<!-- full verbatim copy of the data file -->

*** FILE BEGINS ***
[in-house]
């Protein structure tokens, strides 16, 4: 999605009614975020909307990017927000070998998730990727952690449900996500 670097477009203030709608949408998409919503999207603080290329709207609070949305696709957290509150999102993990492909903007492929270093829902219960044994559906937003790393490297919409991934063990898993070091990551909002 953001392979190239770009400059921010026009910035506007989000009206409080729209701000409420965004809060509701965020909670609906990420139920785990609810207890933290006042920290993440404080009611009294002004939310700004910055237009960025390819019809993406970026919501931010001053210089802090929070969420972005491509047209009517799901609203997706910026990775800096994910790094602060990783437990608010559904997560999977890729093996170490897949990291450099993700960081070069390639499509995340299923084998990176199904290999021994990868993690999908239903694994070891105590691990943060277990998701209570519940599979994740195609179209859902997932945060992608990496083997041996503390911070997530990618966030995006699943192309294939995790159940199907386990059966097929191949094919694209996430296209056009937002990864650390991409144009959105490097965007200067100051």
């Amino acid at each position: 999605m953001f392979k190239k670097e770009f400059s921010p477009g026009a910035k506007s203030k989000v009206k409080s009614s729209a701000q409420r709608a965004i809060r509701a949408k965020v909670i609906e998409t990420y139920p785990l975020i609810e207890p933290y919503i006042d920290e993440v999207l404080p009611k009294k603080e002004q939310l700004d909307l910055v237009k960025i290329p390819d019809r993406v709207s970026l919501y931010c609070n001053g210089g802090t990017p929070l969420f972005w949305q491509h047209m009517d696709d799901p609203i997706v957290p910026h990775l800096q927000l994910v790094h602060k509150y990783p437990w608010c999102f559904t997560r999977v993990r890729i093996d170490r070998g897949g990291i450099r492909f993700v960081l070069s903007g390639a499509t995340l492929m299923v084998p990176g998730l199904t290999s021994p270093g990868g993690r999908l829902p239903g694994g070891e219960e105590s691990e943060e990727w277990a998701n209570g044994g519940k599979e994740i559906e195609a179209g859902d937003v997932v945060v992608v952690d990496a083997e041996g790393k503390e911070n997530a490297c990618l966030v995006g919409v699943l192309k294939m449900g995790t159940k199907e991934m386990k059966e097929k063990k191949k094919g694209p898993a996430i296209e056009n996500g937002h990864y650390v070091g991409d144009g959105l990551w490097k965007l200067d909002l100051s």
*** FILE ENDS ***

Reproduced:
[in-house]
């Protein structure tokens, strides 16, 4: 999605009614975020909307990017927000070998998730990727952690449900996500 670097477009203030709608949408998409919503999207603080290329709207609070949305696709957290509150999102993990492909903007492929270093829902219960044994559906937003790393490297919409991934063990898993070091990551909002 953001392979190239770009400059921010026009910035506007989000009206409080729209701000409420965004809060509701965020909670609906990420139920785990609810207890933290006042920290993440404080009611009294002004939310700004910055237009960025390819019809993406970026919501931010001053210089802090929070969420972005491509047209009517799901609203997706910026990775800096994910790094602060990783437990608010559904997560999977890729093996170490897949990291450099993700960081070069390639499509995340299923084998990176199904290999021994990868993690999908239903694994070891105590691990943060277990998701209570519940599979994740195609179209859902997932945060992608990496083997041996503390911070997530990618966030995006699943192309294939995790159940199907386990059966097929191949094919694209996430296209056009937002990864650390991409144009959105490097965007200067100051």
């Amino acid at each position: 999605m953001f392979k190239k670097e770009f400059s921010p477009g026009a910035k506007s203030k989000v009206k409080s009614s729209a701000q409420r709608a965004i809060r509701a949408k965020v909670i609906e998409t990420y139920p785990l975020i609810e207890p933290y919503i006042d920290e993440v999207l404080p009611k009294k603080e002004q939310l700004d909307l910055v237009k960025i290329p390819d019809r993406v709207s970026l919501y931010c609070n001053g210089g802090t990017p929070l969420f972005w949305q491509h047209m009517d696709d799901p609203i997706v957290p910026h990775l800096q927000l994910v790094h602060k509150y990783p437990w608010c999102f559904t997560r999977v993990r890729i093996d170490r070998g897949g990291i450099r492909f993700v960081l070069s903007g390639a499509t995340l492929m299923v084998p990176g998730l199904t290999s021994p270093g990868g993690r999908l829902p239903g694994g070891e219960e105590s691990e943060e990727w277990a998701n209570g044994g519940k599979e994740i559906e195609a179209g859902d937003v997932v945060v992608v952690d990496a083997e041996g790393k503390e911070n997530a490297c990618l966030v995006g919409v699943l192309k294939m449900g995790t159940k199907e991934m386990k059966e097929k063990k191949k094919g694209p898993a996430i296209e056009n996500g937002h990864y650390v070091g991409d144009g959105l990551w490097k965007l200067d909002l100051s």